This website is produced by the Tenants’ Union of NSW in collaboration with the network of Tenants' Advice and Advocacy Services
TENANTS' UNION OF NSW
TENANTS’ ADVICE AND ADVOCACY SERVICES OF NSW
Home and health
Published on 13/09/2016
The threat of relocation can cause stress and hardship
By Carol Carter, Bankstown tenant
Carol Carter is an Aboriginal woman living in public housing in Bankstown in Sydney. In September 2014, Carol received a letter from the Department of Housing in relation to relocating her to another house because of redevelopment happening at the place she currently lives. Carol has lived at her current home for over 14 years. Carol has been receiving help from Greater Sydney Aboriginal Tenants Service (GSATS).
How did you feel when you received that letter?
It felt like my gut had been ripped out.
So you have some health issues, what are they?
I have a rare condition called Guillain Barre Syndrome. If I stress out my body freaks out and I can drop things. My peripheral nerves have been damaged where I have no motor nerves or sensory nerves. Everything feels like velvet to me. I can feel the difference between sharp and blunt and hot and cold but everything else is velvet. I can’t peel oranges or anything round but everything else I can cut up and peel but I have to be careful. That’s why this house has been modified for me, the oven is up and the bench tops are low and the doorways are wide to allow me to fit my wheelchair through. They have made it easy to get things from the bench top and eat at the table.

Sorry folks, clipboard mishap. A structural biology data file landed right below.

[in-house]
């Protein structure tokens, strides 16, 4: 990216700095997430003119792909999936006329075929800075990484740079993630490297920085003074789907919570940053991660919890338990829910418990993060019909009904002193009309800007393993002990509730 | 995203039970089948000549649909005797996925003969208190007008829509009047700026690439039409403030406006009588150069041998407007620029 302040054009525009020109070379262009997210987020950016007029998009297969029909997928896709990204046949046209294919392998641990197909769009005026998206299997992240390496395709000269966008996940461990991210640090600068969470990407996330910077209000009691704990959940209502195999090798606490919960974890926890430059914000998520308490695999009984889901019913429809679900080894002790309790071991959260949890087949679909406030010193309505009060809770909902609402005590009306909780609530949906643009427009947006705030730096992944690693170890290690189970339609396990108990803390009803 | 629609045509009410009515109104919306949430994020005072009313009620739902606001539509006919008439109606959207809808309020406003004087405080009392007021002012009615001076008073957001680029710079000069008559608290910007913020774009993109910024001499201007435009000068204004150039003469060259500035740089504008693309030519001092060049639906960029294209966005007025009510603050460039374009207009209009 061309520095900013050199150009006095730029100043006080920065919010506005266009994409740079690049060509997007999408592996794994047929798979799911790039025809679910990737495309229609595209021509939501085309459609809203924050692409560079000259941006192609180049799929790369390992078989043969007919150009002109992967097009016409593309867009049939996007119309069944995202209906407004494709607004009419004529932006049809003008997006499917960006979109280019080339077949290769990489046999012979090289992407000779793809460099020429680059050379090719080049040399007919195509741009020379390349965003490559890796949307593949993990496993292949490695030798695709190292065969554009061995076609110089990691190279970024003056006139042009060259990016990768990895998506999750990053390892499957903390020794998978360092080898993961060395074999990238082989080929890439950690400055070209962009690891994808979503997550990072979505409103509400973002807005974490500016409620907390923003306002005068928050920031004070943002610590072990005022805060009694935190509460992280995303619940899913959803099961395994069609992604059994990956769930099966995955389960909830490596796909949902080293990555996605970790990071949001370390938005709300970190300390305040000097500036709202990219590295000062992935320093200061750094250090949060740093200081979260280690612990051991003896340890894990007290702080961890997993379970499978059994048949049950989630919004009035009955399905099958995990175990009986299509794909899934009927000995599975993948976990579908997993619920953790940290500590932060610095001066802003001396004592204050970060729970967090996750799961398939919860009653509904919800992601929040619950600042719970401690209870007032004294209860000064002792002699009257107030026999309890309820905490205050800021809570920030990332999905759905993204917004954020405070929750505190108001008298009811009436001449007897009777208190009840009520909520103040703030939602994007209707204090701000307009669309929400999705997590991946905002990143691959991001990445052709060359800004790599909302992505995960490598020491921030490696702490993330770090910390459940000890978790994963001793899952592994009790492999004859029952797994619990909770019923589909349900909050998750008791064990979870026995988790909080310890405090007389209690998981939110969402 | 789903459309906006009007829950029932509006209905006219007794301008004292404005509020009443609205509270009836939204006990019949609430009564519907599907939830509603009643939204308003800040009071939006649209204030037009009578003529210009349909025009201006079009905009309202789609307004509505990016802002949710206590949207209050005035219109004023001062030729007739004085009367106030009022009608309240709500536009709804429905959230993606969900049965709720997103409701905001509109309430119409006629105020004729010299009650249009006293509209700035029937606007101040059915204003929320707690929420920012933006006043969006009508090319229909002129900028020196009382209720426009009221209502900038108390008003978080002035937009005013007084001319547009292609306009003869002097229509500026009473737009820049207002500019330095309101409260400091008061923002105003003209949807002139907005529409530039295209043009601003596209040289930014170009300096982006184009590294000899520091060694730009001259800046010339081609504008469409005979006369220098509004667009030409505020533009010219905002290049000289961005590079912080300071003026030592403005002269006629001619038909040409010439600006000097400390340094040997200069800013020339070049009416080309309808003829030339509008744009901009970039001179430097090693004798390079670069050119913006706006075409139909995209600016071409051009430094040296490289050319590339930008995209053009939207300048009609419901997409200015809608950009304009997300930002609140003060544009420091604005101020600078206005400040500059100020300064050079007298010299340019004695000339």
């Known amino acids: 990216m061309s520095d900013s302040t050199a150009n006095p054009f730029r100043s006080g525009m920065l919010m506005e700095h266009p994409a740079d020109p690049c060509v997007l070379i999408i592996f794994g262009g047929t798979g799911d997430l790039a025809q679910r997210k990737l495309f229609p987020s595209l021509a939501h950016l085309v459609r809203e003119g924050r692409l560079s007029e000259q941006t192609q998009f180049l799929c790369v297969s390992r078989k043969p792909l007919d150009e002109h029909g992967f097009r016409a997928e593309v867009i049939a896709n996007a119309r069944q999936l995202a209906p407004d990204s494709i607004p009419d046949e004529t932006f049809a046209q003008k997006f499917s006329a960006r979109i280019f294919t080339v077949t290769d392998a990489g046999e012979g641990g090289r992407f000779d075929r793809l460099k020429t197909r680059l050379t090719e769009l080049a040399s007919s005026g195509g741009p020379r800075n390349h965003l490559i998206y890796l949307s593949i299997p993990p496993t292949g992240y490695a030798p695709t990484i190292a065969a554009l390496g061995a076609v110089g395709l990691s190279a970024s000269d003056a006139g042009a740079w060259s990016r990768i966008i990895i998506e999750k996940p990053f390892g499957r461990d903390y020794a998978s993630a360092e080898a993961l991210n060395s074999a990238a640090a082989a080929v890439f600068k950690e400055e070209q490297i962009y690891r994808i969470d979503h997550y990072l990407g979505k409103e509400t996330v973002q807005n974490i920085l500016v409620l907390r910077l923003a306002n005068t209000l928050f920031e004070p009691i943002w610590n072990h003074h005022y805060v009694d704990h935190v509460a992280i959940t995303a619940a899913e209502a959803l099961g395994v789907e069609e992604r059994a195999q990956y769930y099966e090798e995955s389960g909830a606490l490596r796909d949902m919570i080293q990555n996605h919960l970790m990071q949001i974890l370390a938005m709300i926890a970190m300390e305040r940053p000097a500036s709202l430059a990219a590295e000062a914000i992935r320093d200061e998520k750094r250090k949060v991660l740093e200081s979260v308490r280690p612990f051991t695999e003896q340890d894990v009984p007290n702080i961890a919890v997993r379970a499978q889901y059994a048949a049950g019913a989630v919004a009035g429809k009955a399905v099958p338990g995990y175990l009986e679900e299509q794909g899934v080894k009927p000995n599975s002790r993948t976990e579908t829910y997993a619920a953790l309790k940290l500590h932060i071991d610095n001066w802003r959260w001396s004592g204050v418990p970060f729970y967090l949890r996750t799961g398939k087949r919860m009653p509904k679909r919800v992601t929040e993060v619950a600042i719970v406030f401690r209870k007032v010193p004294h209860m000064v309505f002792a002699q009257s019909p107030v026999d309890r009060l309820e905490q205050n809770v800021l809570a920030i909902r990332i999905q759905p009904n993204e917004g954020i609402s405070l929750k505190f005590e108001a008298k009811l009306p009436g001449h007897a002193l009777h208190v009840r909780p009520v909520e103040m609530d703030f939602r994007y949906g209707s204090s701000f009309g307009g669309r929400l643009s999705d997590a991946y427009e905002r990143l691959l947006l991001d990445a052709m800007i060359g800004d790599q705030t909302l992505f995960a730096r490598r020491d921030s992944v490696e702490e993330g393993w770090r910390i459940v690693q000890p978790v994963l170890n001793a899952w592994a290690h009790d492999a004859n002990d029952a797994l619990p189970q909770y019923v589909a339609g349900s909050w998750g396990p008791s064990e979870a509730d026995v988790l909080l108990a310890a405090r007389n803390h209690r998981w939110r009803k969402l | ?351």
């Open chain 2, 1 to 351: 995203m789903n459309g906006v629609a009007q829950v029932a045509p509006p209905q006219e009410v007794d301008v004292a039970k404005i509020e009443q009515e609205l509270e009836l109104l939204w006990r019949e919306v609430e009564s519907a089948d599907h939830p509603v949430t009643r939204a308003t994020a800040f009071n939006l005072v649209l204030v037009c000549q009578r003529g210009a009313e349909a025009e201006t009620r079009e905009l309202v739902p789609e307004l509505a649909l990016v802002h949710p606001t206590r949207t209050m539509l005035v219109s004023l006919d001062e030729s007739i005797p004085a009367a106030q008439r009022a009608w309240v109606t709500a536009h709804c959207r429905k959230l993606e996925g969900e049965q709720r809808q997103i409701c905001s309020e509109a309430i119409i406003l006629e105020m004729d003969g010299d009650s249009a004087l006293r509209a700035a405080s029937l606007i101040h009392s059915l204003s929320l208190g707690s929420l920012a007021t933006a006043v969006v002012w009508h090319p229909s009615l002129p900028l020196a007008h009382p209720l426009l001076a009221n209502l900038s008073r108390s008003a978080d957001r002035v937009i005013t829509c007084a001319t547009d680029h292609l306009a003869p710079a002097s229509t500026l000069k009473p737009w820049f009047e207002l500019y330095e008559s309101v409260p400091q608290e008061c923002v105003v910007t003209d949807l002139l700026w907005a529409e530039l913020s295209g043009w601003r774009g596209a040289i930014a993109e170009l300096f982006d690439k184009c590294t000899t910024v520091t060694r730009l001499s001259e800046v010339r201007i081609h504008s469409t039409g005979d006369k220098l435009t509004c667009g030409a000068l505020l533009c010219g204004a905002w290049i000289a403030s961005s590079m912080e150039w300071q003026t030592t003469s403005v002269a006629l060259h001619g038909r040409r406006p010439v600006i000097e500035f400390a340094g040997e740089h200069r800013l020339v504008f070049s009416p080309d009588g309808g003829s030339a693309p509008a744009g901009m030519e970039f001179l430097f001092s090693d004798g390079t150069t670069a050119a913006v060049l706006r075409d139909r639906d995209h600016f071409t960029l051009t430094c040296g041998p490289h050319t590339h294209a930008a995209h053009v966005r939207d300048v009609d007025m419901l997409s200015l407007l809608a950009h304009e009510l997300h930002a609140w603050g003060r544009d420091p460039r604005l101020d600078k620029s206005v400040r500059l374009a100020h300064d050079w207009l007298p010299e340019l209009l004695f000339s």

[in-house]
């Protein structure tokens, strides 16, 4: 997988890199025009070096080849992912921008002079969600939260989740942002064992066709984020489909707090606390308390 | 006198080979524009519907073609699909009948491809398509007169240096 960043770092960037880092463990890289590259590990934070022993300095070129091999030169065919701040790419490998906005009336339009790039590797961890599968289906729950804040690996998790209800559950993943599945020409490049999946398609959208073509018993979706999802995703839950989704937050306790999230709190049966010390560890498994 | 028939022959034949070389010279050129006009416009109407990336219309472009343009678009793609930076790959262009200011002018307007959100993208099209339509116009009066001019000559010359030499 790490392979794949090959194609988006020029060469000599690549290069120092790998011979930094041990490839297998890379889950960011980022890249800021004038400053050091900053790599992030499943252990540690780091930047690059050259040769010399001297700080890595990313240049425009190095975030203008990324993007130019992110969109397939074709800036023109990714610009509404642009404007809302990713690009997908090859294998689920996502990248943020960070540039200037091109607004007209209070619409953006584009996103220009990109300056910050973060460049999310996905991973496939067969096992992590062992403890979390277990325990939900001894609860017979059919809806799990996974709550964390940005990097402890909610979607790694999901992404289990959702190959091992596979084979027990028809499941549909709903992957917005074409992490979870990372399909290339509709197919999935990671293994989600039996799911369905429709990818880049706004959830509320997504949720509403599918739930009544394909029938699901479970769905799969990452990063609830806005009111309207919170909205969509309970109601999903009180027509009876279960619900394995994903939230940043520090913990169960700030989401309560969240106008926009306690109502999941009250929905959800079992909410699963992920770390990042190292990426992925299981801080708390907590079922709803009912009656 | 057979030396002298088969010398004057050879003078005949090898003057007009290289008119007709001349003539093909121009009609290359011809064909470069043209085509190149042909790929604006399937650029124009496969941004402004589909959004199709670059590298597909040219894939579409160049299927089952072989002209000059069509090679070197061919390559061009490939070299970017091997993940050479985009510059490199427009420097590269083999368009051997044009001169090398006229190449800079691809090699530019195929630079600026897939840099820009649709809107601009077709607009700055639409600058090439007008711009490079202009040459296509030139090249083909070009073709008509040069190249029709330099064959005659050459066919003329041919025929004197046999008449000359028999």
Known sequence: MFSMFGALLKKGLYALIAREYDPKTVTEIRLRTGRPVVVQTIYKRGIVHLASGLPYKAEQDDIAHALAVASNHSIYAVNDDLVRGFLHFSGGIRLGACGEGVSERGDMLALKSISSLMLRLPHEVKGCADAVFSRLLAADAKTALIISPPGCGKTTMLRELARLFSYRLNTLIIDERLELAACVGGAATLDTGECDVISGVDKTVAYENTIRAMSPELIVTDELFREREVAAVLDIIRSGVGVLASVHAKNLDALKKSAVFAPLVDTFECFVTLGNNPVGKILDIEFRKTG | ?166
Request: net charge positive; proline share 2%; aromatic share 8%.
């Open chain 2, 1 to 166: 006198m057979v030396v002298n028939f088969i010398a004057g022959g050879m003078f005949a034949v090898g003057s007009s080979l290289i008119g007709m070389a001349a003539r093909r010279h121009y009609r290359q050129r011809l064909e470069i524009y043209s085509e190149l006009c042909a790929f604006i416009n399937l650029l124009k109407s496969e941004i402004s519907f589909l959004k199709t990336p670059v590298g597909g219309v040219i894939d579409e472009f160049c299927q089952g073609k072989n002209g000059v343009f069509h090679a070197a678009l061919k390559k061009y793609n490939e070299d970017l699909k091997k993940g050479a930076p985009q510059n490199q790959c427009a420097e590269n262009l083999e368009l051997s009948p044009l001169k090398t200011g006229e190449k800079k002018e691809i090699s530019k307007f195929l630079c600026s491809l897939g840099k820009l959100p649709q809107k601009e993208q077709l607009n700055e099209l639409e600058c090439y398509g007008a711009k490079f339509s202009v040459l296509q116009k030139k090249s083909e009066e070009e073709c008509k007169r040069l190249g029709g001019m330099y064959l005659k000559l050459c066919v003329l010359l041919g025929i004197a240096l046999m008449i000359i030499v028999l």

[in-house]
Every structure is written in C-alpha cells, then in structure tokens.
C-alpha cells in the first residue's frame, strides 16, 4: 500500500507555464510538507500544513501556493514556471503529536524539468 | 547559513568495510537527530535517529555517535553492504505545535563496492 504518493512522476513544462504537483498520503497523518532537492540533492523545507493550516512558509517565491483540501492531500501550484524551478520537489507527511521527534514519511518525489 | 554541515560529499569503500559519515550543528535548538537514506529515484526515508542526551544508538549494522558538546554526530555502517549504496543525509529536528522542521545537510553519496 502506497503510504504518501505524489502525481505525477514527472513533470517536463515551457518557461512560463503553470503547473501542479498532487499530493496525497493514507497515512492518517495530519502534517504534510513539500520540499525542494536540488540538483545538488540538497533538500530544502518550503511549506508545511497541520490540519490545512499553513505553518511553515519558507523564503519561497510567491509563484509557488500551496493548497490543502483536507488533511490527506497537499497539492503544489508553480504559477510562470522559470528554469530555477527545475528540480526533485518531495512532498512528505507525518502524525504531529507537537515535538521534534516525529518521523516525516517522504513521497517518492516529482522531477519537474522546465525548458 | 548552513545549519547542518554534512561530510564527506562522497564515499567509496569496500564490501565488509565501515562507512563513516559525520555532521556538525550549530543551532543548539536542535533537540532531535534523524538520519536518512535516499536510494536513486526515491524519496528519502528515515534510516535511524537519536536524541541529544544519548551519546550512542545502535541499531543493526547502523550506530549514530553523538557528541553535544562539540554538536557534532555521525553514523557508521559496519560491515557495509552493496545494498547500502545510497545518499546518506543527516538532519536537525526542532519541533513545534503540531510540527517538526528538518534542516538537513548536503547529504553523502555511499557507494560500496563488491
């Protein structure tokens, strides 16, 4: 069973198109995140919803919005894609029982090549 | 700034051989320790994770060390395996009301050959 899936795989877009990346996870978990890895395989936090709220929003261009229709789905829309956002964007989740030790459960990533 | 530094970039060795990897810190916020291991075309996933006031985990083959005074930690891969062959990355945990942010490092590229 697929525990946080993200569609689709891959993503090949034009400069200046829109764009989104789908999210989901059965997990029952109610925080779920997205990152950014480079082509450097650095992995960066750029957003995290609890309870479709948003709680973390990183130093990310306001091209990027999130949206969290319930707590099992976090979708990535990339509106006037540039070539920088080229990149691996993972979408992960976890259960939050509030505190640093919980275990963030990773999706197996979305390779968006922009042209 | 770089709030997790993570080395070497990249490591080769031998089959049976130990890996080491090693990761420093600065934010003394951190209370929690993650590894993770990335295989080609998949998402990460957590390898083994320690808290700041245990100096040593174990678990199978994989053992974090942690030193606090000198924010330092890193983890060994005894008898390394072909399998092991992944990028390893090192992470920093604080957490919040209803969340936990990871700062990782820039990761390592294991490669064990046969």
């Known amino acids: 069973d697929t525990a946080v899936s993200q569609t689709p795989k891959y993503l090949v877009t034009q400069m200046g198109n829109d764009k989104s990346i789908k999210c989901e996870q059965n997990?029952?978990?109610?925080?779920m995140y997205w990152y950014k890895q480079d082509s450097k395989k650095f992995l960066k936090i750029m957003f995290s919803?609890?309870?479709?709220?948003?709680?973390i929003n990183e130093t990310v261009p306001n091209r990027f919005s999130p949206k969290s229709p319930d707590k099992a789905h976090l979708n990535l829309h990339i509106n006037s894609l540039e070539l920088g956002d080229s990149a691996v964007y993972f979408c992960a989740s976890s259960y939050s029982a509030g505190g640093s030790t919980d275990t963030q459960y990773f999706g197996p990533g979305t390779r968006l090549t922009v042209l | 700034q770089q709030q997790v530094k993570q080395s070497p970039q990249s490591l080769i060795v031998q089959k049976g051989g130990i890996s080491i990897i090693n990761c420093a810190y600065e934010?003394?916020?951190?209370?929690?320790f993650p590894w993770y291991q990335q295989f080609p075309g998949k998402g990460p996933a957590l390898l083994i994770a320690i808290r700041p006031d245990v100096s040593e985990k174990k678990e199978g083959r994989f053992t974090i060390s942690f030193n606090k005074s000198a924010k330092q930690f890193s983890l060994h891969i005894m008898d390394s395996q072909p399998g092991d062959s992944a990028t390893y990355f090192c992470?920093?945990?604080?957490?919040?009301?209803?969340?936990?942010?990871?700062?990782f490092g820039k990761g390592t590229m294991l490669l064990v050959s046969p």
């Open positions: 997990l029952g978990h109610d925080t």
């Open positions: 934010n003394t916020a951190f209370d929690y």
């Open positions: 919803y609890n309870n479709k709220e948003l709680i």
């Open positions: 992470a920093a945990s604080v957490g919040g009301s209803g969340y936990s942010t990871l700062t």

How has Lorelle Corderoy from the Greater Sydney Aboriginal Tenants Service been helping you?
Lorelle has been a big help in advocating for me. She has made sure that she attends meetings with Housing, the relocation officer and Occupational Therapists. They contact Lorelle before they contact me, and only Lorelle can allow them to call me.
Ok and does that take some stress off you?
Absolutely, yes, yes. It’s such a big help. I couldn’t eat or sleep because Tyson my companion cat of 17 years got renal failure and then passed away on Christmas day last year.
So that makes the relocation even harder?